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The Media Reports on October 7th Surprised Attack by Hamas

Reports indicated that the Israeli defense forces had prior knowledge of Hamas’s intentions to execute an assault on Israeli territory more than a year before the catastrophic attack on October 7, which resulted in the death of hundreds, as per a recent publication by The New York Times.

This revelation is part of a growing body of evidence suggesting that senior Israeli military leaders may have “overlooked or minimized signs” of an impending strike by Hamas, leading to a conflict with the Islamic militant organization that has wrought widespread destruction across the Gaza Strip.

According to The Times, Israeli authorities had acquired a detailed 40-page strategy document, named “Jericho Wall,” outlining a potential offensive by Hamas targeting communities in southern Israel.

According to another article from AP, “There clearly were warnings and indications that should have been picked up,” said Bradley Bowman, a former U.S. Army officer who is now senior director of the Center on Military and Political Power at the Foundation for Defense of Democracies, a Washington research institute. “Or maybe they were picked up, but they didn’t spark necessary preparations to prevent these horrific terrorist acts from happening.”

The Associated Press reviewed more than 100 videos Hamas released over the last year, primarily through the social media app Telegram. Using satellite imagery, the AP was able to verify key details, as well as identify five sites Hamas used to practice shooting and blowing holes in Israel’s border defenses.

The AP matched the location of the mocked-up settlement from the Sept 12 video to a patch of desert outside Al-Mawasi, a Palestinian town on the southern coast of the Gaza Strip. A large sign in Hebrew and Arabic at the gate says “Horesh Yaron,” the name of a controversial Israeli settlement in the occupied Palestinian West Bank.

In another report by NBC News, three months before the Oct. 7 terrorist attack, analysts in the Israeli military alerted their superiors to a serious threat from Hamas militants — a “plan designed to start a war.” But their concerns were dismissed by their superiors, according to an Israeli official familiar with the matter.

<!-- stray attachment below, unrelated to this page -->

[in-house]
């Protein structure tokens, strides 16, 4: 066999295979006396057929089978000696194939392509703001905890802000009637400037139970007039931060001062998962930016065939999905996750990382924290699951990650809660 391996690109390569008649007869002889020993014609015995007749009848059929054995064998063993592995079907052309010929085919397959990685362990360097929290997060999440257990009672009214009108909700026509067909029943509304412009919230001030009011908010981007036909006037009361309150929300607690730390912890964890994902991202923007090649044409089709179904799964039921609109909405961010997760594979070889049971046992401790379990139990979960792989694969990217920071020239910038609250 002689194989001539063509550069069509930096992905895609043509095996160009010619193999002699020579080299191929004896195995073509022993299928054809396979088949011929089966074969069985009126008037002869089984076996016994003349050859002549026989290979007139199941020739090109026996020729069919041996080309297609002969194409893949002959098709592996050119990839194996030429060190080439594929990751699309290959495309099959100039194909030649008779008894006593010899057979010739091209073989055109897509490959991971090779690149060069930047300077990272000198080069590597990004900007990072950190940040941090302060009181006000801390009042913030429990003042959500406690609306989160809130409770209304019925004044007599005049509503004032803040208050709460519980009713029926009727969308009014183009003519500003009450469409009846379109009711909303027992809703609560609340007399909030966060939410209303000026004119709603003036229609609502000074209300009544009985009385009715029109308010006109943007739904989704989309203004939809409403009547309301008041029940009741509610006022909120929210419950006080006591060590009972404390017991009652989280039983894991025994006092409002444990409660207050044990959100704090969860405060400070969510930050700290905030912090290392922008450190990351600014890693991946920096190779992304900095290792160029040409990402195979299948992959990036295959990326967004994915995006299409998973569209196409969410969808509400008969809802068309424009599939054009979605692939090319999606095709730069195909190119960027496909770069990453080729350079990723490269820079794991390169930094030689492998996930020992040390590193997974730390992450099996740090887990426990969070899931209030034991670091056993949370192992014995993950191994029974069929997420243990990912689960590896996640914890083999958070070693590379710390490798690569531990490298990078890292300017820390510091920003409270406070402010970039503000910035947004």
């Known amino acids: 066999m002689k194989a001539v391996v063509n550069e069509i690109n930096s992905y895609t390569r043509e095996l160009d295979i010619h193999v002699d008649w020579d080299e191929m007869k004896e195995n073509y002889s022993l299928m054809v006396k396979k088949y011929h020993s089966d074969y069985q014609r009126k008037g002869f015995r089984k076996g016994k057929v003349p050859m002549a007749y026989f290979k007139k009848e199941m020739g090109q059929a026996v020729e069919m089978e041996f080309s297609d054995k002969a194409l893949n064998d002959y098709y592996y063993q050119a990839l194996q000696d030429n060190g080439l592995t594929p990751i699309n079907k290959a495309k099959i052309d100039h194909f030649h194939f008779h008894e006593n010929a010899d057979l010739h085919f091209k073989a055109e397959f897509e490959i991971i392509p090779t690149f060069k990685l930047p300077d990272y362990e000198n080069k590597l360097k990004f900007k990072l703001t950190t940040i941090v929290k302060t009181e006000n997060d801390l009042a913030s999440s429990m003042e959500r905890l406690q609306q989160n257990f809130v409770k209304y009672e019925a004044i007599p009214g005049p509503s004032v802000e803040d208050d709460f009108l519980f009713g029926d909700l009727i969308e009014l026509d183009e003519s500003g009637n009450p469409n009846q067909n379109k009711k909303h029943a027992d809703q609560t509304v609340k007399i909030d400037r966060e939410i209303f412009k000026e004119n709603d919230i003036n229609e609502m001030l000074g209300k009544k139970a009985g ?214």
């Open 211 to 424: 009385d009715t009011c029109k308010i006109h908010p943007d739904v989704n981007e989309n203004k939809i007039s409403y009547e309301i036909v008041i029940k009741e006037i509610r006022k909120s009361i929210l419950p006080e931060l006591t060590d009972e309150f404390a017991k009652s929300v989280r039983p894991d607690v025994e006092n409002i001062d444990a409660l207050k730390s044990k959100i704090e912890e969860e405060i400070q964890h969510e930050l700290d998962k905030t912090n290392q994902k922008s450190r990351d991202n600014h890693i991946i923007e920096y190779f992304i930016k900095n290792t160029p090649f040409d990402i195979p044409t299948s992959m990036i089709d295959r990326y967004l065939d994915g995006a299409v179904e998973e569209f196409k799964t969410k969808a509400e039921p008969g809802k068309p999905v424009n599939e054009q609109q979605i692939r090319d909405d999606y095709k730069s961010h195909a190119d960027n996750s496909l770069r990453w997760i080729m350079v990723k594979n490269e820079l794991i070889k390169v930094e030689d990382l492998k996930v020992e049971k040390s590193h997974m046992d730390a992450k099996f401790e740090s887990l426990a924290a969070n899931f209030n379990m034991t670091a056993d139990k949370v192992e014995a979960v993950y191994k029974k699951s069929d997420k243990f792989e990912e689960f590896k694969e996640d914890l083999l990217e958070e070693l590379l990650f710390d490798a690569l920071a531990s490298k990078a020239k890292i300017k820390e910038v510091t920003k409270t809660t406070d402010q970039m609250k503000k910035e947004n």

The incident is part of a growing body of evidence that Israeli Prime Minister Benjamin Netanyahu’s government missed — or ignored — key warnings about Hamas’ plans to attack the country.

There’s an interesting correlation between the imminent attacks on October 7th in Israel and that of the attacks on 9/11 in the United States:

Both the United States and Israel claimed to be “surprised” when in reality, both were aware of the imminent attacks before they occurred. According to Politico, “Bin Laden Determined to Strike in U.S.” The CIA’s famous Presidential Daily Brief, presented to George W. Bush on August 6, 2001, has always been Exhibit A in the case that his administration shrugged off warnings of an Al Qaeda attack. But months earlier, starting in the spring of 2001, the CIA repeatedly and urgently began to warn the White House that an attack was coming.

The question one has to ask is, why were these attacks allowed to be carried out while both Israel and the United States when the facts show they had prior knowledge about these plans?

What we do know today, more than two decades after 9/11, Muslims have been demonized and the label “Terrorists” is synonymous to “Muslims” or “Islam”. According to FBI statistics, hate crimes against Muslims in the United States skyrocketed immediately after September 11, 2001, and are still on an upward trend.

“Muslims continue to be the target of hate, bullying, and discrimination as a result of the stereotypes that were perpetuated by Islamophobes and the media in the years following the 9/11 attacks,” said Hussam Ayloush, executive director of the Los Angeles chapter of the Council on American-Islamic Relations.

According to an article on Al Jazeera, Zahra Jamal, associate director of Rice University’s Boniuk Institute for Religious Tolerance in Houston, said 62 percent of Muslims report feeling religion-based hostility and 65 percent felt disrespected by others.

“That’s almost three times the percentage among Christians,” said Jamal. “Internalized Islamophobia is more prevalent among younger Muslims who have faced anti-Muslim tropes in popular culture, news, social media, political rhetoric, and in policy. This negatively impacts their self-image and mental health.”

As is the case in much of the media, and in our collective memories, we seem to forget these correlations and stop questioning the narrative of corporate media. We simply move on to the next “issue” and the next and the next.



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